“Even fuelled by Reynolds, whose likability is practically a super power… Deadpool 2 suffers from the sequelitis that typically threatens gimmicky gambles turned tentpole franchises.

“There’s a tedium to the sort of repetition that merely rehashes and recycles the same wink-wink barbs that worked the first time around – but also a relatable, even pitiable humanity in the film’s desperation to be liked.”

AO Scott of the New York Times also felt a bit uneasy.

“What drives this franchise is the same force that drives so much culture and politics right now: the self-pity of a white man with a relentless need to be the centre of attention. He is angry, violent, disrespectful to everyone and everything, and at the same time thoroughly non-toxic and totally cool.

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Photo Credit: Courtesy Twentieth Century Fox

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Brolin plays a cyborg called Cable in the film

“Sure. Great. But there is something ever so slightly dishonest about this character, something false about the boundaries drawn around his sadism and his rage. Deadpool 2 dabbles in ugliness and transgression, but takes no real creative risks.”

Digital Spy’s Hugh Armitage largely enjoyed it.

“Deadpool 2 has as much heart as the original, and the humour is more consistent. And while we wondered whether Wade Wilson’s brand of comedy had had its day, the series has moved with the times and feels as relevant and contemporary as it could be.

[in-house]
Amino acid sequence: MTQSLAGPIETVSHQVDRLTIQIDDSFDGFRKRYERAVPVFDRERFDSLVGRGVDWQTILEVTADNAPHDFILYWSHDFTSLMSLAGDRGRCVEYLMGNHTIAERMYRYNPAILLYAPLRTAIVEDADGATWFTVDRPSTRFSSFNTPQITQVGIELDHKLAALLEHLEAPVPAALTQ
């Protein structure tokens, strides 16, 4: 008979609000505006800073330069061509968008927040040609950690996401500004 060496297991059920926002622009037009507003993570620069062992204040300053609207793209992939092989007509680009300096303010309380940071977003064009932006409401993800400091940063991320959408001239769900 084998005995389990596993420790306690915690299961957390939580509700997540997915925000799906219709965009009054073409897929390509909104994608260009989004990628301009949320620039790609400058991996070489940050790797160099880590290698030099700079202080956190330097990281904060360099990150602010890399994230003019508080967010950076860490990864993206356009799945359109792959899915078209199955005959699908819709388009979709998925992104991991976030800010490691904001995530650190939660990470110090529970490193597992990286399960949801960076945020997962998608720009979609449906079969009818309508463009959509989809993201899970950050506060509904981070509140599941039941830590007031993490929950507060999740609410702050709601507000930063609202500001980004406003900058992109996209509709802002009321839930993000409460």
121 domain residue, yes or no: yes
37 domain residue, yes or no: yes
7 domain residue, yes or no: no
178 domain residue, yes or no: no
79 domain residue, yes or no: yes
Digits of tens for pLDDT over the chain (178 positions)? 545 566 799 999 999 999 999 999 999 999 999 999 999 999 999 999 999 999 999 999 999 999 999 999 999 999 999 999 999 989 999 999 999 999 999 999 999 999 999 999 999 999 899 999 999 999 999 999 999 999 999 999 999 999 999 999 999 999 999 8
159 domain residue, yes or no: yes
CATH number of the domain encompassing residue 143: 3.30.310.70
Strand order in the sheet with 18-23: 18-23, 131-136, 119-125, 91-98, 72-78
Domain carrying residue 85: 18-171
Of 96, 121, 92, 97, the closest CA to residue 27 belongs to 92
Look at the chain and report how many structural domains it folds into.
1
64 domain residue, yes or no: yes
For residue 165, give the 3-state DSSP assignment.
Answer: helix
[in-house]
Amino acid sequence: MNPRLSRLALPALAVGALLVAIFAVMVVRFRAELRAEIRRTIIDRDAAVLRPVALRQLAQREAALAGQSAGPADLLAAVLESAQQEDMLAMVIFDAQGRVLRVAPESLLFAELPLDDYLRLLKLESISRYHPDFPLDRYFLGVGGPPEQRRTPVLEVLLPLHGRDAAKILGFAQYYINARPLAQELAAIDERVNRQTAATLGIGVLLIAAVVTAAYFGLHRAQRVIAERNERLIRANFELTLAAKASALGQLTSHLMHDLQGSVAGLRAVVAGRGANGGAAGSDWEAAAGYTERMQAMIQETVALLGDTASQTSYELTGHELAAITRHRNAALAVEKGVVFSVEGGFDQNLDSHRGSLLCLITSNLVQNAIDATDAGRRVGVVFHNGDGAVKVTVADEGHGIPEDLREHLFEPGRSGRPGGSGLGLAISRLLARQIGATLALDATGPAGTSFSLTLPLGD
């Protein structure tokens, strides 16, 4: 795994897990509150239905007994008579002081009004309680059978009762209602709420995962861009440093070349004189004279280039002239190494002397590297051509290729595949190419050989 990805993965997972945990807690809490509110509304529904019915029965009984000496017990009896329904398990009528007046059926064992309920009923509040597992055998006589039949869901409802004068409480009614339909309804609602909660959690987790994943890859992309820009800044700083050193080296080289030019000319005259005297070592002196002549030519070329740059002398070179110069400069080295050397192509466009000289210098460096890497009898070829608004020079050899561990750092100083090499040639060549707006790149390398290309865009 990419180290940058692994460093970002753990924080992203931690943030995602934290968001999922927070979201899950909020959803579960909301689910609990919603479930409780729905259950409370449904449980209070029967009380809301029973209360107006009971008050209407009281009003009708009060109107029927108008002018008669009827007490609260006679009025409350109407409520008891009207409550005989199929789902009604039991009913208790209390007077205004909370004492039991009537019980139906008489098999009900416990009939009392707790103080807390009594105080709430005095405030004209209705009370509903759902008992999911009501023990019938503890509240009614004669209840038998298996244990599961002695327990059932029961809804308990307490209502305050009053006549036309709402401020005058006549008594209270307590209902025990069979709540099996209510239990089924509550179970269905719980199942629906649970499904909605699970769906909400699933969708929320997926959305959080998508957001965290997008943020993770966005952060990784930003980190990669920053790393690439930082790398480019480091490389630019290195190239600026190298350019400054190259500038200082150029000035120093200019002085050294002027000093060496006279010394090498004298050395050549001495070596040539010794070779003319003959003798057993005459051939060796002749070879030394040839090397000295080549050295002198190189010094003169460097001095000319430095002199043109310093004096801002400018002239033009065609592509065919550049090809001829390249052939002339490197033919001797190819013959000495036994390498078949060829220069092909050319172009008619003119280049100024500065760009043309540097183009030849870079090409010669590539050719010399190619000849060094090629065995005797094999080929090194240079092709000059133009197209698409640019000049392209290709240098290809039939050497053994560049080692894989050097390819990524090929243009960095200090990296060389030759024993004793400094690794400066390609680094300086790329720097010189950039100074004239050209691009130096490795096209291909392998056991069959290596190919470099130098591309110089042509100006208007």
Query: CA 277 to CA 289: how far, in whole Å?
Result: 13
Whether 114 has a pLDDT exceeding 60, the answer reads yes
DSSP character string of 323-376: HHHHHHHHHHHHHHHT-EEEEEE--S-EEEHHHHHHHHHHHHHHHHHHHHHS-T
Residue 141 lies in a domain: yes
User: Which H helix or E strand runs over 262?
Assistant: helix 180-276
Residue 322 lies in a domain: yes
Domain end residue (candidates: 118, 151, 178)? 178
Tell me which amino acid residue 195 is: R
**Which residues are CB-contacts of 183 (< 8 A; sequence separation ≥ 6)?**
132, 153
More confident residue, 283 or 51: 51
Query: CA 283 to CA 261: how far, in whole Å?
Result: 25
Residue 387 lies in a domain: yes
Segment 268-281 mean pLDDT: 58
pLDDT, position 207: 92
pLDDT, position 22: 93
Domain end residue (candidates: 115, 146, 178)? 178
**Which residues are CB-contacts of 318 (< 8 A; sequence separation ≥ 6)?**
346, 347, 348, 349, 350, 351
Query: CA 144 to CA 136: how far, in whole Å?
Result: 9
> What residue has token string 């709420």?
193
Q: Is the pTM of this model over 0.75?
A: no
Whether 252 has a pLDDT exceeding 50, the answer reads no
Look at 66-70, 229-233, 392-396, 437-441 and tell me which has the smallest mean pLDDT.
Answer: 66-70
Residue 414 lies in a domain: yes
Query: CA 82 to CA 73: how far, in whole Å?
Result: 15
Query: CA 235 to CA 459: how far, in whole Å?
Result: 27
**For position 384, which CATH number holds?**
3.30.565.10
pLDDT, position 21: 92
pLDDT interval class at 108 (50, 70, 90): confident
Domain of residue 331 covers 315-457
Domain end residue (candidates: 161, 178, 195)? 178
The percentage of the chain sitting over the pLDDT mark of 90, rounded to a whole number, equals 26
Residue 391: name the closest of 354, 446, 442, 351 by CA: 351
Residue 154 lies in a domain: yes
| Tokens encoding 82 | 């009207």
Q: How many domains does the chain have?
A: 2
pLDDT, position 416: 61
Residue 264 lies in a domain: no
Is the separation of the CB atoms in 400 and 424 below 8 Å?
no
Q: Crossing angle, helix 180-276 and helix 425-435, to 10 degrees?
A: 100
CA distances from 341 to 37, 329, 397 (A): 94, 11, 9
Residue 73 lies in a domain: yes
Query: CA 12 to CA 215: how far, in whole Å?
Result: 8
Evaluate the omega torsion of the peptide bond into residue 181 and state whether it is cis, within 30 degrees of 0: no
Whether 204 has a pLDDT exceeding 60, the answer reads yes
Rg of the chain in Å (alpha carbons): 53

“If we have a criticism, it was that Deadpool 2 does fall foul of a couple of lazy tropes that we won’t mention because, despite their utter predictability, they technically count as a spoiler. But it’s hard to stay mad with so inclusive and good-natured a movie.”

Many other reviewers were delighted with the sequel.

John DeFore in the Hollywood Reporter wrote: “There’s action aplenty throughout the film, but Deadpool 2 doesn’t bog down in it as many overcooked comic-book sequels do.

“The filmmakers walk a fine line between embracing Deadpool’s mock-everything appeal and needing to make Wade a credible, emotional human.”

USA Today‘s Brian Truitt described the movie as “hilariously self-aware and satisfying on multiple levels”, giving it three stars out of four.

He added that the film “continues the relentless lampooning and scattershot jokes of the first movie, but pulls together a much better story”.

The Rolling Stone’s Peter Travers wrote that “despite a tendency toward elephantitis in story and scope, not to mention blatant franchise pandering, Deadpool 2 still plays like the runt of the comic-book litter. We mean that as a compliment.